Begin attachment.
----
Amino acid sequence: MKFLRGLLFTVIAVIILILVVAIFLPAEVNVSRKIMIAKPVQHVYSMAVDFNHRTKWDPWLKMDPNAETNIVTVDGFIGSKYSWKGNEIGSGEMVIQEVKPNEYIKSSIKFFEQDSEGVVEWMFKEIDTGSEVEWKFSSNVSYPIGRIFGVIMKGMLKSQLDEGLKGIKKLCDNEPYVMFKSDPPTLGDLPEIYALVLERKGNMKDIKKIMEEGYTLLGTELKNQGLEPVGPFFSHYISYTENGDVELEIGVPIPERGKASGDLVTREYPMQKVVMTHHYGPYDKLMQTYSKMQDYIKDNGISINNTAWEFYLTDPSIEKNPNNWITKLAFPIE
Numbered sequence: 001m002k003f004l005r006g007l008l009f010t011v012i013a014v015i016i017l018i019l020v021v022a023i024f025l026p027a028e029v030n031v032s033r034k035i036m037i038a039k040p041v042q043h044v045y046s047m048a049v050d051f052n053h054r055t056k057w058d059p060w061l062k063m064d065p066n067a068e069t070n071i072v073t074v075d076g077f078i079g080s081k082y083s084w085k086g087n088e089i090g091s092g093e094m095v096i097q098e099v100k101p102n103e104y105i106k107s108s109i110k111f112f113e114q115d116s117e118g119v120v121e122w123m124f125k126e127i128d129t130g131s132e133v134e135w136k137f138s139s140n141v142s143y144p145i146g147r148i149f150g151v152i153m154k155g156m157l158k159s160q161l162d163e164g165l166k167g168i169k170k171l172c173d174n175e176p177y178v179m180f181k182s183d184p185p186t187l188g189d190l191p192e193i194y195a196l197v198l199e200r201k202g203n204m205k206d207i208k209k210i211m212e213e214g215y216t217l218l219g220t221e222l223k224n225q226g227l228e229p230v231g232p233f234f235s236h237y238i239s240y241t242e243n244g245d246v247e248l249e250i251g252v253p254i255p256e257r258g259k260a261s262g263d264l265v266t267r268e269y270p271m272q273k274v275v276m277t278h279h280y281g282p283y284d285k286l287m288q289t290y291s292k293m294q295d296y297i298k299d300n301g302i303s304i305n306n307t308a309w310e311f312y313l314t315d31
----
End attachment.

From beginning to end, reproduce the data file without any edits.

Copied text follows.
Amino acid sequence: MKFLRGLLFTVIAVIILILVVAIFLPAEVNVSRKIMIAKPVQHVYSMAVDFNHRTKWDPWLKMDPNAETNIVTVDGFIGSKYSWKGNEIGSGEMVIQEVKPNEYIKSSIKFFEQDSEGVVEWMFKEIDTGSEVEWKFSSNVSYPIGRIFGVIMKGMLKSQLDEGLKGIKKLCDNEPYVMFKSDPPTLGDLPEIYALVLERKGNMKDIKKIMEEGYTLLGTELKNQGLEPVGPFFSHYISYTENGDVELEIGVPIPERGKASGDLVTREYPMQKVVMTHHYGPYDKLMQTYSKMQDYIKDNGISINNTAWEFYLTDPSIEKNPNNWITKLAFPIE
Numbered sequence: 001m002k003f004l005r006g007l008l009f010t011v012i013a014v015i016i017l018i019l020v021v022a023i024f025l026p027a028e029v030n031v032s033r034k035i036m037i038a039k040p041v042q043h044v045y046s047m048a049v050d051f052n053h054r055t056k057w058d059p060w061l062k063m064d065p066n067a068e069t070n071i072v073t074v075d076g077f078i079g080s081k082y083s084w085k086g087n088e089i090g091s092g093e094m095v096i097q098e099v100k101p102n103e104y105i106k107s108s109i110k111f112f113e114q115d116s117e118g119v120v121e122w123m124f125k126e127i128d129t130g131s132e133v134e135w136k137f138s139s140n141v142s143y144p145i146g147r148i149f150g151v152i153m154k155g156m157l158k159s160q161l162d163e164g165l166k167g168i169k170k171l172c173d174n175e176p177y178v179m180f181k182s183d184p185p186t187l188g189d190l191p192e193i194y195a196l197v198l199e200r201k202g203n204m205k206d207i208k209k210i211m212e213e214g215y216t217l218l219g220t221e222l223k224n225q226g227l228e229p230v231g232p233f234f235s236h237y238i239s240y241t242e243n244g245d246v247e248l249e250i251g252v253p254i255p256e257r258g259k260a261s262g263d264l265v266t267r268e269y270p271m272q273k274v275v276m277t278h279h280y281g282p283y284d285k286l287m288q289t290y291s292k293m294q295d296y297i298k299d300n301g302i303s304i305n306n307t308a309w310e311f312y313l314t315d31